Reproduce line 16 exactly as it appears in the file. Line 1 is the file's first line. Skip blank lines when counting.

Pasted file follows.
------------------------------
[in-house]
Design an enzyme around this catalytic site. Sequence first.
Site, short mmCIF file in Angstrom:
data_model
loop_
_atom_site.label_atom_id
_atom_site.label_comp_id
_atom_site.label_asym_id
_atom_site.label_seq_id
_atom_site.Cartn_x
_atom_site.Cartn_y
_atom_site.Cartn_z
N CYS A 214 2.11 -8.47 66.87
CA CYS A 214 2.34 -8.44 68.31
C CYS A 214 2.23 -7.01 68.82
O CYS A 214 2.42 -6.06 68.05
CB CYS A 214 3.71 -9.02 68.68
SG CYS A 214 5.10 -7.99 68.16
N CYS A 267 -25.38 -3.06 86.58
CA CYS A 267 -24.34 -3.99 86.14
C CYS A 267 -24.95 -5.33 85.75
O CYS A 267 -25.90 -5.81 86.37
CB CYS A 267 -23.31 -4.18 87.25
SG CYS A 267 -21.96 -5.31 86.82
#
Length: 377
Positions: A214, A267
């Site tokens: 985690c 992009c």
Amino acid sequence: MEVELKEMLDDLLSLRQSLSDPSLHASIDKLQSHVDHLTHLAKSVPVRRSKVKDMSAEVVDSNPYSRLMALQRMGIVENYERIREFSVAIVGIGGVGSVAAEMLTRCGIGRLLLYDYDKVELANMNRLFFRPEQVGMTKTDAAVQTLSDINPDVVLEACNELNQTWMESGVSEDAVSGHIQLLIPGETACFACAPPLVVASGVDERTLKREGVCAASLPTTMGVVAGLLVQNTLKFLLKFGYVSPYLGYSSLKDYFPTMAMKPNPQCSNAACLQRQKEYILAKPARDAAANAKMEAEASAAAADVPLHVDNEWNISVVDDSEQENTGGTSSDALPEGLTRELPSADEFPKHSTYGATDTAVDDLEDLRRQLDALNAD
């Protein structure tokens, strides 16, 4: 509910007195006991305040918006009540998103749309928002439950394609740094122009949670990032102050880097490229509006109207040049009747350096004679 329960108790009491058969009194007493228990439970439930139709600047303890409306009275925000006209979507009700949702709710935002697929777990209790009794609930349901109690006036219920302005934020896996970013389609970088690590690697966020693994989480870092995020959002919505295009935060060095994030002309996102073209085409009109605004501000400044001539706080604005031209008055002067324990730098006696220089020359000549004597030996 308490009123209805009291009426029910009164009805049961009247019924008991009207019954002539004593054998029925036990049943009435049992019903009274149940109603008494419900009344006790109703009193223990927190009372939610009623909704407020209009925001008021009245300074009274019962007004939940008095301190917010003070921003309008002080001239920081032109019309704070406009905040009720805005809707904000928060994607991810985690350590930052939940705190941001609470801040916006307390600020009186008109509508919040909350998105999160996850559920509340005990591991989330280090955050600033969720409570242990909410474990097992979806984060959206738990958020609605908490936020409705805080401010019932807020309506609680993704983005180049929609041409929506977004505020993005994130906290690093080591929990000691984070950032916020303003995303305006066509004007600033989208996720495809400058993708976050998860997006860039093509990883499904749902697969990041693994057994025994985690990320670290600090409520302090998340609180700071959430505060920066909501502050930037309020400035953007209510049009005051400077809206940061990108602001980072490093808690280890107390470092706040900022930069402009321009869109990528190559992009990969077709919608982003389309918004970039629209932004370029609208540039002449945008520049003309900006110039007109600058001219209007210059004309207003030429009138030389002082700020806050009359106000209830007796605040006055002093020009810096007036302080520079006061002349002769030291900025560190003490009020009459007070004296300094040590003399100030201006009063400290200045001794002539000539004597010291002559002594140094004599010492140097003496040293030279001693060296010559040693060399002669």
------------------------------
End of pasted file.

O CYS A 214 2.42 -6.06 68.05